New Target Identified for Scleroderma Therapy
Investigators at Northwestern University Feinberg School of Medicine have identified the molecule Egr-1 (early growth response factor 1) as a new therapy target for scleroderma, an autoimmune disease for which there currently is no cure.
Scleroderma, also known as systemic sclerosis, is a chronic autoimmune disease in which the body’s immune system turns on itself. It causes progressive thickening and tightening (fibrosis) of the skin and also can lead to serious internal organ damage and, in some cases, death. Scleroderma affects an estimated 300,000 people in the United States, most frequently young to middle-aged women.
“The implications of our discovery are broad-ranging because fibrosis, or scarring, underlies not only scleroderma, but also other more prevalent diseases such as pulmonary fibrosis, kidney fibrosis, liver cirrhosis, radiation-induced scars, and many others,” says John Varga, MD, professor of medicine-rheumatology and of dermatology at Feinberg and a physician at Northwestern Memorial Hospital. “The role of Egr-1 in fibrosis that we have identified is likely to apply to all of these conditions.”
The findings were spotlighted recently by the National Institute of Arthritis and Musculoskeletal and Skin Diseases, along with similar research findings from the University of Pittsburgh School of Medicine. Both were published in the American Journal of Pathology.
Pharmacological agents used to treat type 2 diabetes mellitus, inflammation, and leukemia might block aberrant Egr-1 activity, Varga says, and could be useful as a novel treatment for scleroderma.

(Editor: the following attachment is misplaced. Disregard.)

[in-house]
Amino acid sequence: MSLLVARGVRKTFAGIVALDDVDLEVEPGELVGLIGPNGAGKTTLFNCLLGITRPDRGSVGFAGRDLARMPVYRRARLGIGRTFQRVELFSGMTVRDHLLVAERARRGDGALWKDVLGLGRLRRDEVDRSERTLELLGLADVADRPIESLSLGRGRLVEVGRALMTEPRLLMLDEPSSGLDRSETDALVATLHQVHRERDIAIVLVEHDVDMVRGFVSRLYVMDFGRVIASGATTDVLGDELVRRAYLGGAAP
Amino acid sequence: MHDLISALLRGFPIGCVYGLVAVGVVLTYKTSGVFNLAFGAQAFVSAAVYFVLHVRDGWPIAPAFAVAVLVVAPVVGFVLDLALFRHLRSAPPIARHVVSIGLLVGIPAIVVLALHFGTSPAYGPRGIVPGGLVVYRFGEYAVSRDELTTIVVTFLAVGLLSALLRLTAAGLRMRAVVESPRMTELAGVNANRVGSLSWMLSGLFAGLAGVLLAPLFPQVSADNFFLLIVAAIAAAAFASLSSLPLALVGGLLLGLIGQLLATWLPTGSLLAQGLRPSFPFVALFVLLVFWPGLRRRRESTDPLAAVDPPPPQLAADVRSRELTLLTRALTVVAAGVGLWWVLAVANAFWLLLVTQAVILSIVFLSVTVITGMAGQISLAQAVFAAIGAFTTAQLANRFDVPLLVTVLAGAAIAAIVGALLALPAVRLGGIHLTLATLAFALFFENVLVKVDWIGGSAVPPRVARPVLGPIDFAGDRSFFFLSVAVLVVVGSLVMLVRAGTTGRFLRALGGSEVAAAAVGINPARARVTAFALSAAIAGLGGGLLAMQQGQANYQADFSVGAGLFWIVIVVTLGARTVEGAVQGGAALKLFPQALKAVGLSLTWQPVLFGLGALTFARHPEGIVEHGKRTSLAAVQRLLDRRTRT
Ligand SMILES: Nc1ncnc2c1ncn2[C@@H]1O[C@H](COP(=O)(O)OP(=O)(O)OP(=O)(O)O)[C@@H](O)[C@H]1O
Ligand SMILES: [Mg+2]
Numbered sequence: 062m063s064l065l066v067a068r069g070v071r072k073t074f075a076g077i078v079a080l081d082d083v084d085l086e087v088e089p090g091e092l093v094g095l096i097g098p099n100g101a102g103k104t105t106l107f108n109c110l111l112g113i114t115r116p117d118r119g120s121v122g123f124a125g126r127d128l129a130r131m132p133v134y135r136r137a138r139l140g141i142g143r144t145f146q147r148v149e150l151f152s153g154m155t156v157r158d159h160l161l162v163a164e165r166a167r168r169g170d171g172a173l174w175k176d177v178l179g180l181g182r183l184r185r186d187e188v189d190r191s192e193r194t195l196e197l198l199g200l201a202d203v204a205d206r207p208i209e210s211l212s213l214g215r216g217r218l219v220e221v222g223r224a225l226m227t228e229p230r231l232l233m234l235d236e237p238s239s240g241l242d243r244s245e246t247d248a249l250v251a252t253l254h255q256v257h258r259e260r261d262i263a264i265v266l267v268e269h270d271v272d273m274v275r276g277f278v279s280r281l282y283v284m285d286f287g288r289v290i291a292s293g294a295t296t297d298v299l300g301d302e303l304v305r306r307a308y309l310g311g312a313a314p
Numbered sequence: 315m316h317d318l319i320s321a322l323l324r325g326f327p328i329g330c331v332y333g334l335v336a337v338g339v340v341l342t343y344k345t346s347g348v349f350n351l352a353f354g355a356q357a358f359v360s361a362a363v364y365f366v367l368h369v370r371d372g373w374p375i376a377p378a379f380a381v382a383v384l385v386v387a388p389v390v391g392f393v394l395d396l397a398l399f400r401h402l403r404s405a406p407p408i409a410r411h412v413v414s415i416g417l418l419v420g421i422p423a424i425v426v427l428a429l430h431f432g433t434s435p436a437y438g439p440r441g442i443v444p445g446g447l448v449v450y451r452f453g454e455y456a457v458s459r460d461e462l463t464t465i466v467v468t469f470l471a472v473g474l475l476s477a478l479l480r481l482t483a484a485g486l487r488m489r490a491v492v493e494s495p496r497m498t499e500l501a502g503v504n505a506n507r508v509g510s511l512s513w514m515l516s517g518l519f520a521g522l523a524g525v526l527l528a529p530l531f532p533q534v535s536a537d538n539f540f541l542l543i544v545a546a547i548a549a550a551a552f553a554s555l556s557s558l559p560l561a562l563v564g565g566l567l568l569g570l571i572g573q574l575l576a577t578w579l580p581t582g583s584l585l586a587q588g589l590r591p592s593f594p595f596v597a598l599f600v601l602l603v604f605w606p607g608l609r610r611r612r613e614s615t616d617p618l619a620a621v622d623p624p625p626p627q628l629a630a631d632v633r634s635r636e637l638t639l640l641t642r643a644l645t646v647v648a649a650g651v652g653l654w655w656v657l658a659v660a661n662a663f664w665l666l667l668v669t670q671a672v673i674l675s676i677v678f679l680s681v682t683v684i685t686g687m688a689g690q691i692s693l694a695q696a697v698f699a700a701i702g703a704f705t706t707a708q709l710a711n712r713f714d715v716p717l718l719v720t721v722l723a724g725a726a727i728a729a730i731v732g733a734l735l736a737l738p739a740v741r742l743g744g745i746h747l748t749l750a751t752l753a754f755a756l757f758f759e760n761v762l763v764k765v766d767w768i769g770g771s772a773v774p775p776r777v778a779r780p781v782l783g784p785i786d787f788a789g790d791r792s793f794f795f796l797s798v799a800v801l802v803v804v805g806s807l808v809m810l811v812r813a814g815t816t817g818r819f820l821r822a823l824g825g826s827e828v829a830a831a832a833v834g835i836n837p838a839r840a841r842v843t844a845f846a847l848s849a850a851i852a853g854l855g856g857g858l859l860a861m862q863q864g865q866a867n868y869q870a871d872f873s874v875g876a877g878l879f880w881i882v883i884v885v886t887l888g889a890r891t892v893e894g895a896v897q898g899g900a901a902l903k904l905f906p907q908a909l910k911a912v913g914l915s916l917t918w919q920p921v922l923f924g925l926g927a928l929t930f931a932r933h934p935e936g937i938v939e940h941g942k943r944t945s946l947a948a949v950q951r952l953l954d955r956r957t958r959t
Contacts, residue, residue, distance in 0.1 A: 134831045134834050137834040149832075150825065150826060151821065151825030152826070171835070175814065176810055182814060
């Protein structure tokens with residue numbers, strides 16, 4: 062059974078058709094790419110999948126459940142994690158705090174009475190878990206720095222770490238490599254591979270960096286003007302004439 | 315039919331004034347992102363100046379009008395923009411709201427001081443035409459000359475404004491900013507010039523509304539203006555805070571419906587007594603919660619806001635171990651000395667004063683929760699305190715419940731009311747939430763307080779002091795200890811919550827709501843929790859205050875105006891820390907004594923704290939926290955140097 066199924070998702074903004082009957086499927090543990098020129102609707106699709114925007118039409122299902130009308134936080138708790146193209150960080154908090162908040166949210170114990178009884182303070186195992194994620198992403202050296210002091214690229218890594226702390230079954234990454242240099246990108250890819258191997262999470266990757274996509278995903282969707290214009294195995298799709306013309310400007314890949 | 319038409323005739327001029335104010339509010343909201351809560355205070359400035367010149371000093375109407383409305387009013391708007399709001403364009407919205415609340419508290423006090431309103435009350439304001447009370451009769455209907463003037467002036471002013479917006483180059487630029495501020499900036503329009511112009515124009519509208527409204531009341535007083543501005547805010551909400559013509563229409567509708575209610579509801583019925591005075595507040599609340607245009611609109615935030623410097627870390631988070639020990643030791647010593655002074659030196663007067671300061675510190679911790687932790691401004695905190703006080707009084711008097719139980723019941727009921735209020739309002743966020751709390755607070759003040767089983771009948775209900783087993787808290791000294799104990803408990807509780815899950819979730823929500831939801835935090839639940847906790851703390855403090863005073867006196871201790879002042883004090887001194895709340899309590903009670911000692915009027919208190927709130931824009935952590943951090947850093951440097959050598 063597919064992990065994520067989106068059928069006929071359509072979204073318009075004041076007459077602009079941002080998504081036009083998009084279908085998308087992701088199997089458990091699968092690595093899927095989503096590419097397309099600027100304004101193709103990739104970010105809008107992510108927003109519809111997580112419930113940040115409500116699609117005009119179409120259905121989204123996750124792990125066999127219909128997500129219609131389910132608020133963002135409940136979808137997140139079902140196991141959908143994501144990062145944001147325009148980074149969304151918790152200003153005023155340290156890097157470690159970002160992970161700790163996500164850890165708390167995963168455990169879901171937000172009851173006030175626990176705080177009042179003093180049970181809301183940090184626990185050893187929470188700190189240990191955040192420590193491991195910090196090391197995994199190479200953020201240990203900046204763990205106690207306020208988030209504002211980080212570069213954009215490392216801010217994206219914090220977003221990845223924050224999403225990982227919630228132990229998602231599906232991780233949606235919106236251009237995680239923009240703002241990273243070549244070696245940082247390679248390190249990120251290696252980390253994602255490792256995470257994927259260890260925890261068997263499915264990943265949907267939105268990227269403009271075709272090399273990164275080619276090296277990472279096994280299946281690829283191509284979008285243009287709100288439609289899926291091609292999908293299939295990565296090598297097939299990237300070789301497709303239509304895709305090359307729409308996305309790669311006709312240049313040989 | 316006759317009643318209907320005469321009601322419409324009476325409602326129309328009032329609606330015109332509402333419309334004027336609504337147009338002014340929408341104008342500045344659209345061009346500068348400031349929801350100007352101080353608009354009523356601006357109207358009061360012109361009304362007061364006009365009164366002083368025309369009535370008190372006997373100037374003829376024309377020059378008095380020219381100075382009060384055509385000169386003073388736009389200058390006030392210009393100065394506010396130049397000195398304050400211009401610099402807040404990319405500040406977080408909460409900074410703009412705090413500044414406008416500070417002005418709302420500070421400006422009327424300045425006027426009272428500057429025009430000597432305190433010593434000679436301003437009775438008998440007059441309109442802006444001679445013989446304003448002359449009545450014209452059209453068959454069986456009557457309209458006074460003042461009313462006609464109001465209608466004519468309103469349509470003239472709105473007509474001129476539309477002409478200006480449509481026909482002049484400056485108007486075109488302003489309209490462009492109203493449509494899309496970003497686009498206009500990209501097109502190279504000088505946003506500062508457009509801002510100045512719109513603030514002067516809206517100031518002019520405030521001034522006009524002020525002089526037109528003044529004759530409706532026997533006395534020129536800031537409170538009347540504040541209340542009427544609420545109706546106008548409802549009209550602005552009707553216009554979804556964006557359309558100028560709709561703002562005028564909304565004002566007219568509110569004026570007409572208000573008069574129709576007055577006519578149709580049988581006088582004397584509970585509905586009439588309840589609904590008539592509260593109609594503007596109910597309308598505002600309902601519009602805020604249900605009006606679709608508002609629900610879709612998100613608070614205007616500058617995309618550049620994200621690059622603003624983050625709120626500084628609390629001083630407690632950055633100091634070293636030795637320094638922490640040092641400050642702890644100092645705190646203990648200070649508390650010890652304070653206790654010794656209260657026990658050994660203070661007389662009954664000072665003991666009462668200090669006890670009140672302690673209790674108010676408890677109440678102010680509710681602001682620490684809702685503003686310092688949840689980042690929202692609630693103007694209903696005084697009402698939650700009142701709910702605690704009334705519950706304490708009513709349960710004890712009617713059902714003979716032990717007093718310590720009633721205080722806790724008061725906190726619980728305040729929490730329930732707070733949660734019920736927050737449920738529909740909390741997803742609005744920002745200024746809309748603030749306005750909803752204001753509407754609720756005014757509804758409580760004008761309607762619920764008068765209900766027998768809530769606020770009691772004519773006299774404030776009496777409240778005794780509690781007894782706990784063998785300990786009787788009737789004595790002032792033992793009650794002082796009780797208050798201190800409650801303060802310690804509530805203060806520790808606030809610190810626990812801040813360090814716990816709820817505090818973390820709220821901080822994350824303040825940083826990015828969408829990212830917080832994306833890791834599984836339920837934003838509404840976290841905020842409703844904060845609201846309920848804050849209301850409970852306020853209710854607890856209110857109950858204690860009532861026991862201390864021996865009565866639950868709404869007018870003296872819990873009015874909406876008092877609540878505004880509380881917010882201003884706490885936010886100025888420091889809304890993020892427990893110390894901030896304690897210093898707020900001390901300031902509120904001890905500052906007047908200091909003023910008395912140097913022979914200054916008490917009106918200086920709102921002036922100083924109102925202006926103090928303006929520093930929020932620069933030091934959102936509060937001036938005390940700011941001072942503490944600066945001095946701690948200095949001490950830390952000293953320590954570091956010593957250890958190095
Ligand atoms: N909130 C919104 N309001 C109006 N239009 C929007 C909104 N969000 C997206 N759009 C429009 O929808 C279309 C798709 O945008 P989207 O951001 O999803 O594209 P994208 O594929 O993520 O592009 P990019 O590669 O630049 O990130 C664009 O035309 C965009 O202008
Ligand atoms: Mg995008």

Varga directs the Northwestern Scleroderma Program, which is one of only a handful of centers in the nation that specialize in the disease. Since the disease affects multiple organs, optimal patient care requires the coordinated efforts of physicians from a wide variety of specialties to ensure comprehensive disease evaluation and management. Patients are also given the opportunity to participate in research studies, clinical trials, and education programs.
For the latest findings, Varga led a research team that included Northwestern scientists from pathology, plastic surgery, immunology, and pulmonary and critical care medicine. In one study, the team reproduced scleroderma in mice to show that the levels of the protein Egr-1 become highly elevated in the scar tissue. In a second study, the team used mice where the gene for Egr-1 was genetically deleted to demonstrate protection from the development of skin and lung fibrosis, in contrast to the genetically normal mice. Because the understanding of scleroderma and fibrosis represents a major unmet medical need, fresh insights into the disease process might open the door for novel therapies.
“The Northwestern research team continues to make fundamental contributions to scleroderma by focusing on its underlying molecular and cellular basis,” says Varga. “We believe that only by applying a careful mechanistic approach to dissect the role of cells, molecules, and pathways in this disease can we make real progress. We are now closer to treatments that could control the disease.”
Varga notes that interdisciplinary collaboration is necessary for discovery.
“Scleroderma is an unusually complex disease that simultaneously attacks the vascular, immune, and connective tissue systems and is affected by genetic factors,” he says. “In order to understand this disease, it is essential to explore each of these processes.”
The study was funded by the National Institute of Arthritis and Musculoskeletal and Skin Diseases and by the U.S. Department of Defense.